Between the wars Nash took on board the full gamut of modernist tricks, even to the point of endorsing a few worthy mani- festos himself, but his experiments with a succession of fashionable foreign idioms resulted in cautious, ever-so-English accounts of the avant-garde. Considering his experience, the second world war should have supplied him with the emo- tional material to confirm his status in the top echelon of 20th-century British art.

Aerial Creatures charts the narrow failure of Nash's bid for immortality. In a show of ideal size for those who enjoy looking properly at a few works, the four paintings, `Totes Meer' (1941), 'Battle of Britain' (1941), 'Defence of Albion' (1942) and `Battle of Germany' (1944), on which Nash's reputation as a second world war artist rests, feature prominently. All except a handful of remaining exhibits are bin-end watercolours, competent enough but never- theless mere hors d'oeuvres to the more sustaining, even stodgy main course.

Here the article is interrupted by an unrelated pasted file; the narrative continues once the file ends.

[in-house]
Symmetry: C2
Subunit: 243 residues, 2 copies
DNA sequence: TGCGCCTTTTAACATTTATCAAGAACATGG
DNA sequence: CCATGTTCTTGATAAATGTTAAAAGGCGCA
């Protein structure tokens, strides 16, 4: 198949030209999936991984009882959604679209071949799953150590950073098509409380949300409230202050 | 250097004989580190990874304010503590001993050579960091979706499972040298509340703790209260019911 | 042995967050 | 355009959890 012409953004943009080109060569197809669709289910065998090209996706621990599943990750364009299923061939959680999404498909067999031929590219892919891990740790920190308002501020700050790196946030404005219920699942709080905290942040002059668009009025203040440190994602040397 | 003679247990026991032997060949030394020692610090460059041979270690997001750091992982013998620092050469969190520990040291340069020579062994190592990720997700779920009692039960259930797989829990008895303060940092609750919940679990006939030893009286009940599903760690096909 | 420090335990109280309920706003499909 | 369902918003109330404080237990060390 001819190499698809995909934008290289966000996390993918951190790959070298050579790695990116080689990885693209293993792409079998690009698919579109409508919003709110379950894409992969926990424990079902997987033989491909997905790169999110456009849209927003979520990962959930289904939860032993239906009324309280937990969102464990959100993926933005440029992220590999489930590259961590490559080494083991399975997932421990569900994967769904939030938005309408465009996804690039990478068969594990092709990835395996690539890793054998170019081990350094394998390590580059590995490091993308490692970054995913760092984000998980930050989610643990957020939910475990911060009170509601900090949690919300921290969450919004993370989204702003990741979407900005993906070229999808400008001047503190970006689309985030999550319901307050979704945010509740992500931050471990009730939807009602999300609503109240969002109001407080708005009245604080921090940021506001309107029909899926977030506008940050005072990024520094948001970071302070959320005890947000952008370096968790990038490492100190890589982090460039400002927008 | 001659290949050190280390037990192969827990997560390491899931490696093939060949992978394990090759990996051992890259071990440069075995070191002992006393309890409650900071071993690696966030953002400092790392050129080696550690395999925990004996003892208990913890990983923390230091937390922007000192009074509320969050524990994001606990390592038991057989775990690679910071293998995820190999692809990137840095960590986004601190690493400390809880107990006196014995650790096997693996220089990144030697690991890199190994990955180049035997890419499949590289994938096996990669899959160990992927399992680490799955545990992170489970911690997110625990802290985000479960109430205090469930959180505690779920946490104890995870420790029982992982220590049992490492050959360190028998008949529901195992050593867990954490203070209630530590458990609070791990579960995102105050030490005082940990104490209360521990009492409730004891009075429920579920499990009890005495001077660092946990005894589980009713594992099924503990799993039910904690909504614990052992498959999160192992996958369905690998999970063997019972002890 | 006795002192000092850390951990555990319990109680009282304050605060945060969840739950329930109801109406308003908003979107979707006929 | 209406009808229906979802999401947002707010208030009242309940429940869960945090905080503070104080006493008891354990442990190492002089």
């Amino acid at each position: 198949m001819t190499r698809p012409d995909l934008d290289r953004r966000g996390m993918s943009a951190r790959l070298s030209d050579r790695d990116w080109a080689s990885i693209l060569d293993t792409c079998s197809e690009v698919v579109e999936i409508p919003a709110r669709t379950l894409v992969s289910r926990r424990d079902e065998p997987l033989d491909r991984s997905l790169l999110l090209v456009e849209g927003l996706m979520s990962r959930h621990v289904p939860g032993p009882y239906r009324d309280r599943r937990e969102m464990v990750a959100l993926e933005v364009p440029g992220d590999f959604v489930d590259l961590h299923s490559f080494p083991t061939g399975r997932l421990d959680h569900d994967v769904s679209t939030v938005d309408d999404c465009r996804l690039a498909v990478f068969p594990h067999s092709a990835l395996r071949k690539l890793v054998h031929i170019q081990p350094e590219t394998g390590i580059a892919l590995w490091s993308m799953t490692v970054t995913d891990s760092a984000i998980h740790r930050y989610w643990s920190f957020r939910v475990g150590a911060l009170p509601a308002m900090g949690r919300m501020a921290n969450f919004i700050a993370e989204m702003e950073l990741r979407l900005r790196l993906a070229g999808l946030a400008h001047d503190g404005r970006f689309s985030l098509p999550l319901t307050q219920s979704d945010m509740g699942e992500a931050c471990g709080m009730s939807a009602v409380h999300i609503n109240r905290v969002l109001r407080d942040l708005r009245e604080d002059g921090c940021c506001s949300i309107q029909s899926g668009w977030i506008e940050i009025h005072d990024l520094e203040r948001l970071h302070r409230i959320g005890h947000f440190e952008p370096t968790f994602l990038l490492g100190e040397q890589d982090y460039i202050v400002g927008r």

Nash began his stint as a war artist inaus- piciously by displeasing the RAF top brass. They wanted an artist who could paint proper pictures, portraits with manly expressions, Biggles bonhomie and medal ribbons . . . that sort of stuff. In short, they needed a witless flatterer, a hack, and Nash was the wrong man for that job. Pandering illustration was fine for journeymen but he was an artist. Luckily, his friendship with Kenneth Clark secured him a task describ- ing the aerial conflict, although, perhaps crucially, because of his sundry ailments Nash never actually got to fly.